Landlords and the current market conditions - A Banking & Finance perspective
Greg Taylor · July 28th 2023 · read
Seven months into 2023 and it has been a turbulent year for Landlords with mortgage rates not being the only topic on their minds. As well as high mortgage rates, BTL landlords are facing some tricky legislation changes.
A much talked about shake-up to the rental system in England is set to come into force this year, with the Renters' Reform Bill poised to implement a ban on no-fault evictions and double the notice periods required for rent increases. In Wales, the government recently implemented new measures to protect renters against eviction.
Changes in taxation around the capital gains tax allowance drastically reduced from £12,300 to £6,000 in April, this applies to landlords selling a property, it will then also be lowered further to £3,000 next year - meaning the potential profitability of selling is greatly reduced!
There has been some good news with the Government set to ‘relax the pace’ of the EPC deadline for landlords, as it stands, landlords will have to bring their properties up to an EPC level of C by the end of 2025 for new tenancies, and by 2028 for existing tenancies, with swathes of BLT properties below EPC level C the cost to landlords would be great.
It now looks like the government is set to delay proposals for landlords to upgrade the energy efficiency of these homes they let out in a bid to ease the pressure on the private rental sector. According to a Bloomberg report, Prime Minister Rishi Sunak's team made the decision to postpone the requirements following talks with landlord associations.
And then we have Buy-to-let mortgage rates that have shot up in 2023 as lenders have increased costs as the Bank of England continues to increase the base rate, is it any wonder that Hamptons says 140,000 people stopped being landlords in 2022, and 96,000 are expected to follow suit each year over the next five years…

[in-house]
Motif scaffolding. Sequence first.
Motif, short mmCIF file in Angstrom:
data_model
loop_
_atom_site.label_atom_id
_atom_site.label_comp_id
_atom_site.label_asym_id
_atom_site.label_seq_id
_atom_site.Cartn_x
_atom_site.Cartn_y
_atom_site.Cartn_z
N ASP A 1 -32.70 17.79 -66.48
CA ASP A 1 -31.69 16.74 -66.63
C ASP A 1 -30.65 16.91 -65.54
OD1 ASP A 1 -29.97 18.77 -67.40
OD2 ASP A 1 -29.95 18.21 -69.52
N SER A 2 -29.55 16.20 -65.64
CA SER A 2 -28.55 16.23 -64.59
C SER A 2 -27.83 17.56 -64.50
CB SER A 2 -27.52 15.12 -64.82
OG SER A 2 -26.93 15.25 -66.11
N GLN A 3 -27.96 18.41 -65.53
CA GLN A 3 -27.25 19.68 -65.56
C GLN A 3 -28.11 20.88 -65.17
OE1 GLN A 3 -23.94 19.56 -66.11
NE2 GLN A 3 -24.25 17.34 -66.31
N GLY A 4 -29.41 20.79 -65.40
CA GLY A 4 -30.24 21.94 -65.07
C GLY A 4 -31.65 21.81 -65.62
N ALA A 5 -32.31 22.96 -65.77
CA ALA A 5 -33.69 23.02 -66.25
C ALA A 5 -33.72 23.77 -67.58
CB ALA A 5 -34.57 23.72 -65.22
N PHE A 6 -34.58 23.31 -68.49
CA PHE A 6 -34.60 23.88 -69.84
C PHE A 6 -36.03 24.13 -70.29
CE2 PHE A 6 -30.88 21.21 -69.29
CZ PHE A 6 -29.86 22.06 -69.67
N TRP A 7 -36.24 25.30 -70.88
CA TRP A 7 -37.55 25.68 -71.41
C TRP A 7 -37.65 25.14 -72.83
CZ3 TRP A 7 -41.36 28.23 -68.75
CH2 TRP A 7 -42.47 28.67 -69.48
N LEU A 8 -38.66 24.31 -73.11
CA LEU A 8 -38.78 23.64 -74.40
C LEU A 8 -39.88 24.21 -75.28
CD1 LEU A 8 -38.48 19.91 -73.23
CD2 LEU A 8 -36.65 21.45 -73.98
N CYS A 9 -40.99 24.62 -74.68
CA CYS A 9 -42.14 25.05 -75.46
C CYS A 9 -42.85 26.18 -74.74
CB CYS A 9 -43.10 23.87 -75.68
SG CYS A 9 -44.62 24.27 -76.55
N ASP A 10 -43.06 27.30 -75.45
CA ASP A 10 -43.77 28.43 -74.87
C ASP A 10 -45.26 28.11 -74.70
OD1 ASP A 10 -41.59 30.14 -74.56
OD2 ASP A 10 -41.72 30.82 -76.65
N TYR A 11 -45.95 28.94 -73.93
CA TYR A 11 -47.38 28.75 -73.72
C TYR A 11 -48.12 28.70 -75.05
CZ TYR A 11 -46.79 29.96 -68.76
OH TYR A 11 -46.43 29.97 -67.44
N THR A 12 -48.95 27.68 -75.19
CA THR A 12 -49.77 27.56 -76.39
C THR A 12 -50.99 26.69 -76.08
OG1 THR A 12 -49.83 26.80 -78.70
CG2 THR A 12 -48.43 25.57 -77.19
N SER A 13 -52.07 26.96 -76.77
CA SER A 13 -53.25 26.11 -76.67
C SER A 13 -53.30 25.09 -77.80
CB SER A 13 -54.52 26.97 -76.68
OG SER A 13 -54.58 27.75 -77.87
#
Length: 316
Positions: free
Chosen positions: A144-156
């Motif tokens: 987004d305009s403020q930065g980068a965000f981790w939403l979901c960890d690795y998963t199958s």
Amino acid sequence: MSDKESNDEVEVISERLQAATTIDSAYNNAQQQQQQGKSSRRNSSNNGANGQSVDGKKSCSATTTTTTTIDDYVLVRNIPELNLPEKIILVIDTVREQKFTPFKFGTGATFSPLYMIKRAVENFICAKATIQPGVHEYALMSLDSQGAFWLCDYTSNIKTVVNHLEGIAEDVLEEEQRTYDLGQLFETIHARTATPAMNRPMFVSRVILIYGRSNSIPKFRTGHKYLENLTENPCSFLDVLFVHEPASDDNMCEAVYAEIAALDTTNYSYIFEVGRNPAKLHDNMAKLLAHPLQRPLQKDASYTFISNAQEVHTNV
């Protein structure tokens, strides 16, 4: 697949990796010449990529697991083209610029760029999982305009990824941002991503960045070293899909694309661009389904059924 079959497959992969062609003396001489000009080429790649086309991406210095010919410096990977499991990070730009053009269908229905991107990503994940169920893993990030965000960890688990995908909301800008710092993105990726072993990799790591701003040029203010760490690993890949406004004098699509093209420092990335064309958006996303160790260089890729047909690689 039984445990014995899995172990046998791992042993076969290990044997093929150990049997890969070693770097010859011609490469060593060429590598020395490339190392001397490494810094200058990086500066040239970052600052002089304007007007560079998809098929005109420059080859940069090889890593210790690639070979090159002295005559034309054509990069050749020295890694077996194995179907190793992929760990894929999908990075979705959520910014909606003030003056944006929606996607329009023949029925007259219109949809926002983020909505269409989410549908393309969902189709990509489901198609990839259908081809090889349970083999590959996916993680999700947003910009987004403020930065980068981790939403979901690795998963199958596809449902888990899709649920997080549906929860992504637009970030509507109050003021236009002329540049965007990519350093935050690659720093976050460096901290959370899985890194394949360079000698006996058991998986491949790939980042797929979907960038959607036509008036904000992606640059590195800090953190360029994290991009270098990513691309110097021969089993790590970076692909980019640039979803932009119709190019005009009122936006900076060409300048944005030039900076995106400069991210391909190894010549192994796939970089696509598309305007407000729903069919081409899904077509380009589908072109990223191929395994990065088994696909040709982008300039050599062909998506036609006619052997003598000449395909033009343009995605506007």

But despite high mortgage rates, the demand for rental properties remains high and market rents grew by an average of 9%, so it’s not all doom & gloom.
So, what are current market conditions on BLT mortgage rates?
Rates for BTL properties increased greatly in September 2022, but they had steadily been coming down in recent months, before the last base rate increase by the Bank of England in June.
The base rate - which plays a pivotal role in determining mortgage rates - currently stands at 5%, following 13 consecutive base rate increases, and it is widely expected that the Bank of England will again increase it in early August 2023.
Landlords will therefore be feeling the effects when they come to remortgage. Those with expiring fixed-rate deals secured when rates were much lower, could be in for a financial shock when refinancing to a new deal.
The average fixed-rate deal at the start of July was 6.5% according to data analysts Moneyfacts. In June, that figure stood at 5.81%. Looking at average rates gives us a holistic view of what's happening in the market, but when you're taking out a BLT mortgage, you'll obviously want to get the best deal for your circumstances.
There are still lots of mortgage deals to choose from, with a number of smaller deposit deals - up to 80% loan-to-value (LTV). The best deals all come with substantial upfront fees, which can potentially cost thousands of pounds. So, it's important to look at the overall cost of the mortgage rather than focusing solely on the initial rate when comparing deals.
If you want to discuss a specific issue or simply find out what we have to offer, please get in touch with any member of the Banking & Finance Team at MHA via [email protected] or visit https://www.mha.co.uk/services/advisory/banking-finance.